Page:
Courts & Crime

Feds still trying to unravel largest credit card theft ever

MIAMI — On May 7, 2008, federal agents swept through Miami-Dade looking for evidence that one of their best informants was also one of the world's biggest cyberthiefs.

Searching three homes and a luxury hotel room in South Beach, they found 14 computers, $400,000 in cash, six firearms, expensive jewelry -- and even stumbled on a marijuana grow house.

What they missed was the most compelling evidence in Albert Gonzalez's life of crime: a three-foot drum buried in his parents' backyard stuffed with $1.1 million wrapped in plastic bags. The money -- like so many other pieces of evidence -- wasn't unearthed until this year by federal agents still unraveling a case that continues to confound even the most seasoned cyberspace investigators.

Federal agents announced after last year's raids that Gonzalez had orchestrated the largest credit-card heist in the nation's history -- 41 million cards stolen from Americans. But last week, they came back with even more evidence to show Gonzalez had masterminded a fraud three times as large.

Though Gonzalez has been in jail since the raids last year, investigators are still finding new evidence traced to the years the Miami native was ripping off millions of credit cards -- while on the Secret Service's payroll.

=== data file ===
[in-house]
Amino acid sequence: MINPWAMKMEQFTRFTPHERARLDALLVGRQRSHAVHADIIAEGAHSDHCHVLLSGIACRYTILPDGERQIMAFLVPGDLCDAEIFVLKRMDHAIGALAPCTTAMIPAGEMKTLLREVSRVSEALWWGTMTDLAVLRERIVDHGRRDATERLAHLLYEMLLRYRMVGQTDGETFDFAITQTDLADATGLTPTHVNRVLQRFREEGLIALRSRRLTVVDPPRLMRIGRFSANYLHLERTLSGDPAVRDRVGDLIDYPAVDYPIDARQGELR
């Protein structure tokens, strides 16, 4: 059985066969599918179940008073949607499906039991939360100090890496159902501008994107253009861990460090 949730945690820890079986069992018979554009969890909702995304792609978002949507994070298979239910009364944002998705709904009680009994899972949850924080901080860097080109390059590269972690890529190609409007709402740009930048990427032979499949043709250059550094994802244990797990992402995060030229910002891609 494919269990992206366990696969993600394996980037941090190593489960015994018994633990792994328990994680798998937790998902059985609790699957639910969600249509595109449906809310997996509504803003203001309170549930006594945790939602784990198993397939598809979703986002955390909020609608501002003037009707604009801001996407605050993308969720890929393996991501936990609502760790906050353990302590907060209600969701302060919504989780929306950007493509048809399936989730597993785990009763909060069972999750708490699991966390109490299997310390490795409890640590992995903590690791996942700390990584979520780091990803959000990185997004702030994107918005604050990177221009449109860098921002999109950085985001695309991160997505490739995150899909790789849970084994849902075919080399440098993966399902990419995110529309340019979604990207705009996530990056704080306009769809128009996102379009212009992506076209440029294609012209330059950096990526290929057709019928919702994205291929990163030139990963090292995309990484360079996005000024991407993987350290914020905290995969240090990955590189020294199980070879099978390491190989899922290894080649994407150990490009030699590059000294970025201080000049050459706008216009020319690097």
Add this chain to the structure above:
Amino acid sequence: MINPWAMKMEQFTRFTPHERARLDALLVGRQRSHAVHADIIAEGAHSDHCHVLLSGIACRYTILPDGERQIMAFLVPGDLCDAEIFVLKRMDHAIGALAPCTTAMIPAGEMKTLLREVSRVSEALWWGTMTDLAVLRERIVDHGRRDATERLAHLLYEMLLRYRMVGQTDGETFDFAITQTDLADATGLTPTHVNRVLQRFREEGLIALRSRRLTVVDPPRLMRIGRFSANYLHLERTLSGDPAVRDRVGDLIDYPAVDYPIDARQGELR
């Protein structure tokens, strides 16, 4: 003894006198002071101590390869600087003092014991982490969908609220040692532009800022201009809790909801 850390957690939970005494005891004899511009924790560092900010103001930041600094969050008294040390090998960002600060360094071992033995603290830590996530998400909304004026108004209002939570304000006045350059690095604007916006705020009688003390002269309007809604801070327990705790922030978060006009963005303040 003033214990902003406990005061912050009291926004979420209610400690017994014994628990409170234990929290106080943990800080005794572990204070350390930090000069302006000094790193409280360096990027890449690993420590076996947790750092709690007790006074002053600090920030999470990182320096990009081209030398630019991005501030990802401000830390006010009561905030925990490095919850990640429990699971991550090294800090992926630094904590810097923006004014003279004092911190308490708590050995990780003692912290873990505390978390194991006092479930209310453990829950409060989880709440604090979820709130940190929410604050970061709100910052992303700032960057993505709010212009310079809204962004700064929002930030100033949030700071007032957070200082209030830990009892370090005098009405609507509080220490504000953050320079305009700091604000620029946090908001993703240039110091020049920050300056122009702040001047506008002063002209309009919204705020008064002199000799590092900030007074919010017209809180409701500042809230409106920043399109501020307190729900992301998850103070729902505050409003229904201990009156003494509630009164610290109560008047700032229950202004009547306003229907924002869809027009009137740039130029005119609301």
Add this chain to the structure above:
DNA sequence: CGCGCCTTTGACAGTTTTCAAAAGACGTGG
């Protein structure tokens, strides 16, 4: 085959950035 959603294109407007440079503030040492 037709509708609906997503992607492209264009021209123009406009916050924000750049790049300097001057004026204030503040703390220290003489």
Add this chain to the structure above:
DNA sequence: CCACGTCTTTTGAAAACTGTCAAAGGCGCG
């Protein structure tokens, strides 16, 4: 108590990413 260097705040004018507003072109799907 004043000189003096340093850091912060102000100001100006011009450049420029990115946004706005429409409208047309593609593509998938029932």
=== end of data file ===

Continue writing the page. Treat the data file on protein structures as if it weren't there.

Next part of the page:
For years, Gonzalez was able to hide his activities -- skills honed since he was in grade school -- using fake identities and encrypted hard drives on computers scattered across the globe.

Even Gonzalez's lawyer says his client was a step ahead of investigators, including his own federal handlers. "I don't think the government was prepared to deal with a kid like Albert,'' said Rene Palomino Jr.

The charges against Gonzalez -- including last week's indictment -- exposed major security breakdowns at credit-card processors and dealt an embarrassing blow to federal agents paying him to help catch other cyberthieves.

The case also offers a glimpse into the intricate network of cybercriminals who reach across continents to buy and sell vast amounts of credit-card data on the worldwide black market.

"This is a magnitude we've never seen before by an individual or a small group of individuals,'' said Scott Mitic, CEO of TrustedID, an identity-theft protection company in California. "There's no doubt that this is the heist of the century.''

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